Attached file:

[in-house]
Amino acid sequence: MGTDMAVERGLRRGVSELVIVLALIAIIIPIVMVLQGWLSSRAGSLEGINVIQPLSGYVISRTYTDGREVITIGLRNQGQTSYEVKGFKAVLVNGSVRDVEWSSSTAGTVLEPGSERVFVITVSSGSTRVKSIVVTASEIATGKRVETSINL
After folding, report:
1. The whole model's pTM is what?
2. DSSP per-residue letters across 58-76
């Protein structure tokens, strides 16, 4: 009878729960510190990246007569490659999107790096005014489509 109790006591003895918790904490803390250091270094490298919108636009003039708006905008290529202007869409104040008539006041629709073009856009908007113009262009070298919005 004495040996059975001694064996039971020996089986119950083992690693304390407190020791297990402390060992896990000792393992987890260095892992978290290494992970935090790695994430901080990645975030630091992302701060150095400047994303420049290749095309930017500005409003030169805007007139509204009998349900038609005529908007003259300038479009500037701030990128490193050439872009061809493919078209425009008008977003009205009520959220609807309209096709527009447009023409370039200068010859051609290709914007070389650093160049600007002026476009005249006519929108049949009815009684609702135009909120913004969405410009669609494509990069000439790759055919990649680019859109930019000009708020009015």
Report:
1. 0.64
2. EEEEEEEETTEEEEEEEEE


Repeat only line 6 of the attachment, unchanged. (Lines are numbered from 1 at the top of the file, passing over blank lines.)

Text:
């Protein structure tokens, strides 16, 4: 009878729960510190990246007569490659999107790096005014489509 109790006591003895918790904490803390250091270094490298919108636009003039708006905008290529202007869409104040008539006041629709073009856009908007113009262009070298919005 004495040996059975001694064996039971020996089986119950083992690693304390407190020791297990402390060992896990000792393992987890260095892992978290290494992970935090790695994430901080990645975030630091992302701060150095400047994303420049290749095309930017500005409003030169805007007139509204009998349900038609005529908007003259300038479009500037701030990128490193050439872009061809493919078209425009008008977003009205009520959220609807309209096709527009447009023409370039200068010859051609290709914007070389650093160049600007002026476009005249006519929108049949009815009684609702135009909120913004969405410009669609494509990069000439790759055919990649680019859109930019000009708020009015």